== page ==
Dummy's Guide to SSD shopping


Tech Satori

Since the motto of this blog is "to simplify tech for general(non techie) people", this time I'll simplify SSD for you. If you ask for PC build advice, they'll say "you must get SSD", or if you're a laptop user looking for tips to make it more snappy, "install SSD" is the first advice you'll hear.

But how do you know which SSD to buy? Most of them just advice you to buy SSD but don't mention which one, or they recommend a top end SSD that completely offsets your budget by a huge margin. So I'll try to give you a simplified general knowledge of SSDs so you can pick the best one according to your budget. This post is basically a compilation of frequently asked questions that are asked by non techie SSD shoppers.


[If you don't care about all the jargons and just want to know the best type of SSD for your use case.] 

All SSD types ranked by performance(the terms used here will be mentioned on online SSD listing).

Gen5 NVME : Coming soon...

Gen4 NVME : Currently the fastest option available. Recommended for professionals. 

M.2 NVME : Value for money for every user.

M.2 SATA and 2.5in SATA : For those who can't spend much

M.2 vs SATA vs Nvme vs PCIe SSD

When you see any SSD listings online, they mention atleast one of these terms. So what they all mean?

M.2 and SATA - Usually when the sellers/manufacturers mention them, they're referring to the connection type. M.2 SSD only connects into M.2 slot, which is only found in somewhat recent motherboards. So you must make sure your motherboard has one. SATA, on the other hand is slightly older type of connector. Basically all motherboards have SATA ports.

M.2 vs SATA - Manufactures/seller may refer them as connector/slot types, but they are much more than that. M.2 is a form factor that can make use of SATA, PCIe and USB interface. SATA on the other hand is the predecessor of these modern PCIe/Nvme devices. The major difference is speed, SATA devices can achieve maximum of 600MB/s whereas fastest M.2 devices are touching 6GB/s sequential write speeds. Key point to note here is that a M.2 SSD can also be SATA SSD, so beware of them. 

NVMe vs PCIe - NVMe is a storage protocol but PCIe is the electrical bus. But all the devices available today uses both, so people often assume they're the same. 


People say DRAM SSD are better than DRAM-less SSD. While it is true for most cases, modern DRAM-less SSDs like Samsung's 980 series are almost as fast as some common SSDs with DRAM. Samsung's 980 SSDs also challenged the lifespan stereotype "DRAM SSDs last longer" by providing the same 5 year warranty as DRAM SSDs. However, it does not mean that all DRAM-less SSDs are good, specially when you can get a SSD with DRAM at the same price. However, this information is often omitted at online listings, so you may have to refer to manufacturer's site or individual reviewers.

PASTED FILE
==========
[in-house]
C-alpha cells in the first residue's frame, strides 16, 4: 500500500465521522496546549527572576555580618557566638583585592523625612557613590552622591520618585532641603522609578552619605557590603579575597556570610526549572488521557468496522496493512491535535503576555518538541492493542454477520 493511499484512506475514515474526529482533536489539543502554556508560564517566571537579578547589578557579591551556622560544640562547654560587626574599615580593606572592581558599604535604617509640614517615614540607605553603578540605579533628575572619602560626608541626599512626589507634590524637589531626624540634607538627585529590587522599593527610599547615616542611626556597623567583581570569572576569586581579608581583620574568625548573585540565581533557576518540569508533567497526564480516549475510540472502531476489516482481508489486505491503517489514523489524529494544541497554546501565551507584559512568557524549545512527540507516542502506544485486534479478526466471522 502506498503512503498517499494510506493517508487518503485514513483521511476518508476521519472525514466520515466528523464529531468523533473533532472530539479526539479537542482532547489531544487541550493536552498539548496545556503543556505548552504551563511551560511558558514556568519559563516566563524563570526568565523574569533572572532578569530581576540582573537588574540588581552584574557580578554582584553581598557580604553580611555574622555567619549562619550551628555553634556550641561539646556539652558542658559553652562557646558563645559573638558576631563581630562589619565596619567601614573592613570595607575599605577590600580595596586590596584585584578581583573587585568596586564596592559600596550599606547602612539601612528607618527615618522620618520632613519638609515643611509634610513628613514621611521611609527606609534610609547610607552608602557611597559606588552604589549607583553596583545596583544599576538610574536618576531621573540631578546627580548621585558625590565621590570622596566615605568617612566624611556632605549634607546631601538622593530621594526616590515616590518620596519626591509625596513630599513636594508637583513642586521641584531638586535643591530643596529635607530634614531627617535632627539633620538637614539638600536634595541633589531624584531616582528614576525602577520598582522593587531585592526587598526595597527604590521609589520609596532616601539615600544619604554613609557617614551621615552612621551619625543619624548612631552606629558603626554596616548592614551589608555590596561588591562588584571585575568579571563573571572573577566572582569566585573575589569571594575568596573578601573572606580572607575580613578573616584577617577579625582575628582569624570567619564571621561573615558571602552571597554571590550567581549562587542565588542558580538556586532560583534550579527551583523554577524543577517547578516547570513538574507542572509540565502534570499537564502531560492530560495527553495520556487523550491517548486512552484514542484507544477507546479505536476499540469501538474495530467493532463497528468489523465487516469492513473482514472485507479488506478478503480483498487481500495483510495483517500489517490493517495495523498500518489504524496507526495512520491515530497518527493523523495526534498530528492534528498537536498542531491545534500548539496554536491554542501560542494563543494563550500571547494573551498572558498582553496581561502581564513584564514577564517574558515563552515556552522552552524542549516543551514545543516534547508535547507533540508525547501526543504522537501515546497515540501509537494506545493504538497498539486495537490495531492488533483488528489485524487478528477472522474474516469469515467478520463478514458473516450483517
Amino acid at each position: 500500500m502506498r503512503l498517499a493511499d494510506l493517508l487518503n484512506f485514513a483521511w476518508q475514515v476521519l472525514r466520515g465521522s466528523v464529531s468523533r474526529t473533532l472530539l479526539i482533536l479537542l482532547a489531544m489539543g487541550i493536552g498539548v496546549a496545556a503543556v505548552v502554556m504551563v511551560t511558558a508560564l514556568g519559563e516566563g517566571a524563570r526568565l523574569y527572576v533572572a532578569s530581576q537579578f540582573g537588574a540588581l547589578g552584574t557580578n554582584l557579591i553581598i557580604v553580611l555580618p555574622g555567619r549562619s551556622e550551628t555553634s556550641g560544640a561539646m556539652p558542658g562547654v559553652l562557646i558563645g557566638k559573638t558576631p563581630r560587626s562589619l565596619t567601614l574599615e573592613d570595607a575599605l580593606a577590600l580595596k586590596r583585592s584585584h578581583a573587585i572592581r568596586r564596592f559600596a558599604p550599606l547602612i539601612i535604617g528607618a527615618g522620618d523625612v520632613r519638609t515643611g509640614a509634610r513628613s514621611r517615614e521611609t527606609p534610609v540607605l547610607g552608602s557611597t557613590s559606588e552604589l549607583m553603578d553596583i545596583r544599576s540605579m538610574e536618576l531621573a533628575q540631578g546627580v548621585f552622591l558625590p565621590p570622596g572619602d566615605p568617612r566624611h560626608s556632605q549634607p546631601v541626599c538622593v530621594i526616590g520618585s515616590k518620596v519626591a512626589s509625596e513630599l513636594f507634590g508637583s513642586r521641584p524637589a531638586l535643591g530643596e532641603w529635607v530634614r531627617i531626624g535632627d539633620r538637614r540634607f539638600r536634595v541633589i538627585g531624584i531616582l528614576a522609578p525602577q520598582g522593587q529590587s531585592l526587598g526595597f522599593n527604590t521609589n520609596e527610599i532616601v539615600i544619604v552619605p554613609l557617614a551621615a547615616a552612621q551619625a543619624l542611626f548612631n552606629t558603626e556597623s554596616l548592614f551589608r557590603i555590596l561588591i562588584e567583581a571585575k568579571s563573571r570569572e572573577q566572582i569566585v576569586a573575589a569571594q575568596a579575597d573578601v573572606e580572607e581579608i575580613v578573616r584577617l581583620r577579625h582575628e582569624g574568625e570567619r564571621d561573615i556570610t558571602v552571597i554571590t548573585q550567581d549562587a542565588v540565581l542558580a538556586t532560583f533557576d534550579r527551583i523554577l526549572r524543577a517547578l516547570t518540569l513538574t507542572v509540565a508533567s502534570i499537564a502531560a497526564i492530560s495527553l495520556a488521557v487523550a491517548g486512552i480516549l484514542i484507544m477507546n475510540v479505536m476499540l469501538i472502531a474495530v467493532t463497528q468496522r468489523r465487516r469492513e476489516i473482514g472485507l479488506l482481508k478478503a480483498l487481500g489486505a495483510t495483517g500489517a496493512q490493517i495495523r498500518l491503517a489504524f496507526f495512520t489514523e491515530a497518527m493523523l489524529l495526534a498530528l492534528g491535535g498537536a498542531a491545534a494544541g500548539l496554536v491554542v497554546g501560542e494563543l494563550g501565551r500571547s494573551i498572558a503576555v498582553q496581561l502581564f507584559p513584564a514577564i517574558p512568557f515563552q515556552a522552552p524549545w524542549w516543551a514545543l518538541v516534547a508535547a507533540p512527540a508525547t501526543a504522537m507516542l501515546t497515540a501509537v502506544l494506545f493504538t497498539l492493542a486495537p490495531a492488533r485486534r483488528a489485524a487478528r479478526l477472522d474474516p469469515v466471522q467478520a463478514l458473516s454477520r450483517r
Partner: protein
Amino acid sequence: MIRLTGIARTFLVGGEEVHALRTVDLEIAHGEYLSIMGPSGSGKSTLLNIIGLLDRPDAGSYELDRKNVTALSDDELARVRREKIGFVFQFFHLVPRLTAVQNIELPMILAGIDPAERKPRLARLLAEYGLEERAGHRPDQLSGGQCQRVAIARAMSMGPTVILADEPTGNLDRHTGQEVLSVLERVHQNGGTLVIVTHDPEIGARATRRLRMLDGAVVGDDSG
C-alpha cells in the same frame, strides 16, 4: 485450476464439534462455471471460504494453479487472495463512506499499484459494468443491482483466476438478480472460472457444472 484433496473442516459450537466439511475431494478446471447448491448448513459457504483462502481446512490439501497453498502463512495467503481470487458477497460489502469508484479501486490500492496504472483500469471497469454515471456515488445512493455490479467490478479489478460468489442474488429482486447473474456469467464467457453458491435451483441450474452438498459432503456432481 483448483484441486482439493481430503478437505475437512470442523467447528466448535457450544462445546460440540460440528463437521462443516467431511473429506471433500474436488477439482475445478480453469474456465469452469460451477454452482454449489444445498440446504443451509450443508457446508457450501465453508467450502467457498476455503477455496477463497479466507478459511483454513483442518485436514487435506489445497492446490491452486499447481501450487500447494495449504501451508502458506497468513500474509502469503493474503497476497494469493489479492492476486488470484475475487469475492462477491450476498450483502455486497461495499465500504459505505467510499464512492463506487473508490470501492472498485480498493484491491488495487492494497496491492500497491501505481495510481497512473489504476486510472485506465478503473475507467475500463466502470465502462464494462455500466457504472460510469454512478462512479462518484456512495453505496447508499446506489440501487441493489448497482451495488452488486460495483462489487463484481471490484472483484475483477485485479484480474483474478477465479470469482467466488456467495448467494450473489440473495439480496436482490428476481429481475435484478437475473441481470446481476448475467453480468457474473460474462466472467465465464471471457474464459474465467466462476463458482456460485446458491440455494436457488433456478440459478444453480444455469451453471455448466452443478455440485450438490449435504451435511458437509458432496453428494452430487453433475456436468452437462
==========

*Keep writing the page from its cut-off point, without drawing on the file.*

SLC(Single Layer Cell) = 1 bit per cell

MLC/2MLC(Multi Layer Cell) = 2 bits per cell

TLC(Triple Layer Cell) = 3 bits per cell

QLC(Quad Layer Cell) = 4 bits per cell

If you use simple calculations then you can see that QLC SSDs can offer largest storage capacities. But these massive drives come with the cost of reliability and speed. Therefore, QLC SSDs are cheapest and SLC are the most expensive. 

Basically, SLC SSDs are only recommended for enterprises where failure tolerance is low. MLC is recommended for servers and professionals video editors/studios. TLC for Gamers and QLC for mass storage for general users. However, SSD manufactures are devising new ways to overcome the differences between these SSD types without raising the cost as much for consumers. For example, QLC SSDs with 3D NAND(Crucial P1), TLC SSD with SLC cache(Samsung 980 Pro), etc. 

Newer SSDs are not that obvious in terms of performance anymore. You might mistake a QLC SSD for a budget friendly TLC SSD these days by performance alone. 

Gen 3 vs Gen 4 SSD

It is basically the speed difference in layman's terms. Gen 3 SSDs can reach max speeds upto 3500MB/s whereas newer Gen 4 SSDs can reach 5000MB/s speeds. But that's another motherboard dependent feature, so make sure your motherboard can support gen 4 before buying

That's all the common questions that basically covers the common jargon(s) associated with SSDs. However, there's one more thing you should be wary of when shopping for SSDs. That is the rated/advertised speeds of an SSD. Manufacturers often use the best figures from their controlled testing. Like "upto 2400MB/s read speed and 1700MB/s write speeds". These are often sequential read/write speeds. The actual sustained speeds you'll get may be much lower. So don't blindly pick something with high numbers, just google the reviews from reputed testers(anandtech, tomshardware, etc) to see where they stand against the competitors. 


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